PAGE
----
Singapore is renowned for its airport development the world over. Andrew Tan, director and head of Airport Operations at Changi Airports International, talked to VIR’s Bich Thuy about the successful developments and what is next around the corner.
Cities and provinces in Vietnam are looking to develop more airports to support their socioeconomic aims. How important do you think this can be?
|Andrew Tan, director and head of Airport Operations at Changi Airports International |
A study by the International Air Transport Association and Oxford Economics has found that air transport supports 30.2 million jobs and $684 billion in GDP in Asia-Pacific. For each person directly employed in the aviation sector and in tourism made possible by aviation, another 6.4 jobs were supported elsewhere worldwide.
Similarly, for every $1 of gross value added directly created by the air transport sector, $3.80 of economic activity was supported elsewhere.
The pandemic has shown that airports are important in supporting the growth of the economy and facilitating the transport of vital goods and supplies, such as vaccines and food. Such air links have repeatedly been shown to be an important lifeline to cities and countries.
What lessons could Vietnam learn from Singapore in successful development of airports?
Realising the importance of the aviation sector to the economic development of Singapore, Changi Airport has always planned for its handling capacity to be ahead of demand. Airports are complex facilities, interfacing with various stakeholders and systems. Careful planning has helped Changi Airport stay ahead of the curve.
Detailed advance planning is also critical to ensure that airports undergoing major expansion or new development can be constructed in the most cost-effective and time-effective manner, while maximising its future economic potential as a major air hub for its surrounding catchment and hinterland. We have seen some airports in other parts of the world that suffered from operational inefficiencies after their construction was rushed into completion, without due considerations given to the implications on future operations and potential difficulties of maintenance.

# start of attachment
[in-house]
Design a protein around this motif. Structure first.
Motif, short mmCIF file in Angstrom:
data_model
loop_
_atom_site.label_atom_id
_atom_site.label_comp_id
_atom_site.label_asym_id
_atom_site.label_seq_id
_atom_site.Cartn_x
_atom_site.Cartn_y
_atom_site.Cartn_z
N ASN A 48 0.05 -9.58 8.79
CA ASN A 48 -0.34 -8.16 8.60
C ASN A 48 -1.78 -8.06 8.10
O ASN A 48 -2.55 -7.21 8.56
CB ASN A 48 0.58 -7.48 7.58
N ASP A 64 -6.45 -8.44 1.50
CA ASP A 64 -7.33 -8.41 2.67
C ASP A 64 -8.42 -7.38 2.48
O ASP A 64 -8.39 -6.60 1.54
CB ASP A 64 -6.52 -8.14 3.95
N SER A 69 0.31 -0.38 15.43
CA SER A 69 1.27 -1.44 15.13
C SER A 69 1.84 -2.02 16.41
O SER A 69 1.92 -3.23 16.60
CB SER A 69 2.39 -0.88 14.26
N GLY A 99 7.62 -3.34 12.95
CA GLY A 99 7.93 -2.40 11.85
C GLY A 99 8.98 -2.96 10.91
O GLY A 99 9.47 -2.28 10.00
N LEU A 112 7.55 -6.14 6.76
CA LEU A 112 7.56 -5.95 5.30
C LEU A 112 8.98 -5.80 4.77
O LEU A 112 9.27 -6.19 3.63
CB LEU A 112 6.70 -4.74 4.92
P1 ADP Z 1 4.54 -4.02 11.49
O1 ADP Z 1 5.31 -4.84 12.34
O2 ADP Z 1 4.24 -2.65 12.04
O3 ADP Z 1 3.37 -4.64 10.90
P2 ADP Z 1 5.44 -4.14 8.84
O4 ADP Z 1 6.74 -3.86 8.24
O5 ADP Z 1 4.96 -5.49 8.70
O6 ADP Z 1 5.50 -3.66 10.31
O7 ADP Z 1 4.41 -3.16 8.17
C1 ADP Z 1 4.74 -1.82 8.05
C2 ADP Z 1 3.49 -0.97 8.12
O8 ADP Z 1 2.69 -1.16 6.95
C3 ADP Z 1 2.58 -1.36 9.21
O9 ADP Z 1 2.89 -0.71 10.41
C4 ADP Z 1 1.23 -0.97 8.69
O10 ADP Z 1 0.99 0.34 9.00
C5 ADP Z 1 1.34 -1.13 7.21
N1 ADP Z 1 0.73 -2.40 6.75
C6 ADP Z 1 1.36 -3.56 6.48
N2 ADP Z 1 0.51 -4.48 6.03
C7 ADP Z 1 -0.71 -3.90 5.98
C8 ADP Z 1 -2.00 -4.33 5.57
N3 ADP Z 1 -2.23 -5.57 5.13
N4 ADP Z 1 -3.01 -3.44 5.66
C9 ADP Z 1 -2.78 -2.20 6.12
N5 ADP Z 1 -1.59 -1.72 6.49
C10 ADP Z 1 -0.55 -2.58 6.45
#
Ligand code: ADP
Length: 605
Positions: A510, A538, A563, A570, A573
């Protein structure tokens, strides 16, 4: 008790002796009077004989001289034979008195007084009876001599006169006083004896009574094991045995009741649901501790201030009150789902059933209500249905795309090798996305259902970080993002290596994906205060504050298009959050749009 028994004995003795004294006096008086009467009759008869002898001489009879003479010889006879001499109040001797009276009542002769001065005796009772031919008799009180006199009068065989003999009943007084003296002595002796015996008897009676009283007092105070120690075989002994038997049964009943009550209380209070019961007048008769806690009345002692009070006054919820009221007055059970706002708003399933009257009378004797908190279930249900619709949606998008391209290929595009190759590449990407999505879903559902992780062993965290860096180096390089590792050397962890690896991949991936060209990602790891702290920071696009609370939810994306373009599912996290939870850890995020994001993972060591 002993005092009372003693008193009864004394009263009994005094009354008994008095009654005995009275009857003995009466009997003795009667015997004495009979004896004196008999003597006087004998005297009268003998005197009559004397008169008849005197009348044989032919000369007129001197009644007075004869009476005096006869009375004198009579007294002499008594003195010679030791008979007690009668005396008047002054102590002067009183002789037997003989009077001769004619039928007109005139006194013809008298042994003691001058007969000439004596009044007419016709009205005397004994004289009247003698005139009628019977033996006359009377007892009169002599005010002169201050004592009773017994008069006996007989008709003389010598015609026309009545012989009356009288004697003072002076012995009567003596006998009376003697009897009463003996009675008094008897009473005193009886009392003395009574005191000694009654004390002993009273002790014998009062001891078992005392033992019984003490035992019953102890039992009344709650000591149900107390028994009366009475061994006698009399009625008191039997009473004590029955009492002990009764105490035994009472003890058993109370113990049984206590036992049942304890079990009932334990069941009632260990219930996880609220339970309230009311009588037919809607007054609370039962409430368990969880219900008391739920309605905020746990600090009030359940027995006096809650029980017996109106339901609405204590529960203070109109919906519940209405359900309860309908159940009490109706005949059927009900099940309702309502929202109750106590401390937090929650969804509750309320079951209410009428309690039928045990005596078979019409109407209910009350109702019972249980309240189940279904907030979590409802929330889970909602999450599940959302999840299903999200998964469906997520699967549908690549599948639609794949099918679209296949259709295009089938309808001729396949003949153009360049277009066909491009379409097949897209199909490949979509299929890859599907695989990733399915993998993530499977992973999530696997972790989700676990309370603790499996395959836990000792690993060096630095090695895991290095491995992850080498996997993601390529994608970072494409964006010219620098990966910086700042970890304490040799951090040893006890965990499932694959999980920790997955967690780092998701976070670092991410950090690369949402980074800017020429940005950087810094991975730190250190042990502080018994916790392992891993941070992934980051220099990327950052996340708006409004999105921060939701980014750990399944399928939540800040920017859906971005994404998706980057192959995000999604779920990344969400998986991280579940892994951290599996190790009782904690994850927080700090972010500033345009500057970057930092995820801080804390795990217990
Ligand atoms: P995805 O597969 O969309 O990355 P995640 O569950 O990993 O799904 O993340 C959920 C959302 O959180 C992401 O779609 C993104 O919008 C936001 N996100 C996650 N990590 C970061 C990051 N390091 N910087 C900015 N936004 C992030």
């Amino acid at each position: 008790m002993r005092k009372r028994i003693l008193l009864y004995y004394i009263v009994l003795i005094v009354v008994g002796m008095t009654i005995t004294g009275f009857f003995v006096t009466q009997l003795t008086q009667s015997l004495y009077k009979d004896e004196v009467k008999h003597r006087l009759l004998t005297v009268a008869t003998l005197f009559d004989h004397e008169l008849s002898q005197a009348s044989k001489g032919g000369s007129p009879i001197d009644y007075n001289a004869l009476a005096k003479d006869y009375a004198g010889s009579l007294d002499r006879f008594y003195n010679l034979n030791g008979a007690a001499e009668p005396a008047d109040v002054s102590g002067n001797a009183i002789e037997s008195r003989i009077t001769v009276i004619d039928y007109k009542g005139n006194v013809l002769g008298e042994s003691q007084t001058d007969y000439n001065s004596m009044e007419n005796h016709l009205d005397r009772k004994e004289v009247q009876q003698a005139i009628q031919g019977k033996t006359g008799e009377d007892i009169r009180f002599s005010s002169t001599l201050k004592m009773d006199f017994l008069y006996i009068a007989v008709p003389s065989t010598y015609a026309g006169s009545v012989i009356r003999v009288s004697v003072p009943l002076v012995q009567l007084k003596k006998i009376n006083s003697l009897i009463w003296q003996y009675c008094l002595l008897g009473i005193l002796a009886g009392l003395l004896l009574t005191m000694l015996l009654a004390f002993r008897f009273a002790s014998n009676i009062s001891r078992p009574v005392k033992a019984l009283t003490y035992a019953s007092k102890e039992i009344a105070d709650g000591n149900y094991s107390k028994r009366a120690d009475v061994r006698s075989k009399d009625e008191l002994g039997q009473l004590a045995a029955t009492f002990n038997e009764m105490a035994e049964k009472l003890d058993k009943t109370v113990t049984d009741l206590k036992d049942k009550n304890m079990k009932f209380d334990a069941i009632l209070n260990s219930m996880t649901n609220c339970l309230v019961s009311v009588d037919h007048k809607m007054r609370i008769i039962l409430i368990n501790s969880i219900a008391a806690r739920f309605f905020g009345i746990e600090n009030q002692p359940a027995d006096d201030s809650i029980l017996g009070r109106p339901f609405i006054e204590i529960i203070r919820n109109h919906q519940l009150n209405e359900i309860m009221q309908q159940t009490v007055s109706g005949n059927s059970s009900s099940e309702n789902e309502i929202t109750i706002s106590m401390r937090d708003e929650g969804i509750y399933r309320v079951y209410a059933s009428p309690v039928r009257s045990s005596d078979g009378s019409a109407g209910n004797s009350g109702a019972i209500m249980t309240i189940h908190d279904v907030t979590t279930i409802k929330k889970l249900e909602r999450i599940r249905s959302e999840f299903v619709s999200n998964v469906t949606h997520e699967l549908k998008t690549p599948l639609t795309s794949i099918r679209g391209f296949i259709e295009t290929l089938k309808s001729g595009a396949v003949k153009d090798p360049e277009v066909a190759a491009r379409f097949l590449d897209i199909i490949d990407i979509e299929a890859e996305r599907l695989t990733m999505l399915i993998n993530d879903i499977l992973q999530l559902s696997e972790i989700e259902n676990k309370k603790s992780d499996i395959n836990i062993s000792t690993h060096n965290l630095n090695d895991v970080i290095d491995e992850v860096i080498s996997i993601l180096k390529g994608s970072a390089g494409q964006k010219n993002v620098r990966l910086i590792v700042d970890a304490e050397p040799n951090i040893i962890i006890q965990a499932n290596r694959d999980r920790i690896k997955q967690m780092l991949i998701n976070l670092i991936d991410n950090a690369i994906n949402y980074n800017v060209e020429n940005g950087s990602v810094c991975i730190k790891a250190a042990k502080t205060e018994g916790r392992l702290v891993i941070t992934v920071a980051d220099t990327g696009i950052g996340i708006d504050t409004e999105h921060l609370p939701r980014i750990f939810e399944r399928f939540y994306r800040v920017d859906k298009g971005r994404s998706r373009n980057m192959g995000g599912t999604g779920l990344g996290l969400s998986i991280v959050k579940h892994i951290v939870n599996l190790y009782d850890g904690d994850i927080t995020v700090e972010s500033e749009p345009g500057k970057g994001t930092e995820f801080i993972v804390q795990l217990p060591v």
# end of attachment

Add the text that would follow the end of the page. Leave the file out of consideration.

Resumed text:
Eventually, some of these airports had to incur even more capital and operational expenditure to rectify the deficiencies, which could have been avoided in the first place if advance planning was carried out before and during the construction stage.
Similarly, stakeholder management is crucial. Airport operators have to work hand-in-hand with government agencies, service providers, airlines and other airport partners. This begins from the planning stage, where user requirements and future needs are taken into consideration. Such input is important for the development of the airport’s concept of operations.
Such collaboration continues as the detailed design of the airport is taking place, until the end-user trials. In this final stage, all stakeholders participate in trials to ready the airport for opening, simulating their operations and processes, before the final migration to the new airports.
Are there any airport projects in Vietnam that Singaporean companies may be interested in?
With numerous projects reported in the pipeline, such as Long Thanh International Airport, Tan Son Nhat’s Terminal 3, and Hanoi’s proposed airport in Thuong Tin district, we expect many opportunities for Singaporean companies in airport development.
Changi Airports International consults, manages, and invests in the global aviation market. We see airports as a vital part of a country’s infrastructure, intricately linked to economic growth and development. With experience in over 60 airports for more than 20 years, we see an opportunity to provide Changi’s expertise as a strategic partner and an experienced airport manager.
From master-planning to passenger traffic development, as well as operations and commercial development, we can design bespoke and integrated solutions which could help airports in Vietnam to unlock their full potential.
| ||New airport developments set to take off soon |
The Vietnamese government has rolled out a plan to develop several new airports, with billions of dollars expected to be poured into local facilities, contributing to the shaping of new economic zones across the country.
| ||Finding suitable models for small airports in Vietnam |
Michel Werson, chief economist and lead of Financial Advisory at NACO – a subsidiary of Royal HaskoningDHV – delves into the ins and outs of airport development.
| ||Utilising national advantages with crucial infrastructure |
Small airports and dual-use airports are expected to be valuable infrastructure fulcrums for many remote localities to attract investment and exploit the advantages of tourism, if selected and added to the plan and early investment implementation.
| ||Making the right choices for private airport expansion |
Vietnam’s airport development plan for 2030 is a hot issue, attracting much interest among private investors and cities and provinces. Tony Foster, managing partner at Freshfields Bruckhaus Deringer LLP, delves into future opportunities, possible risks, and lessons from other countries.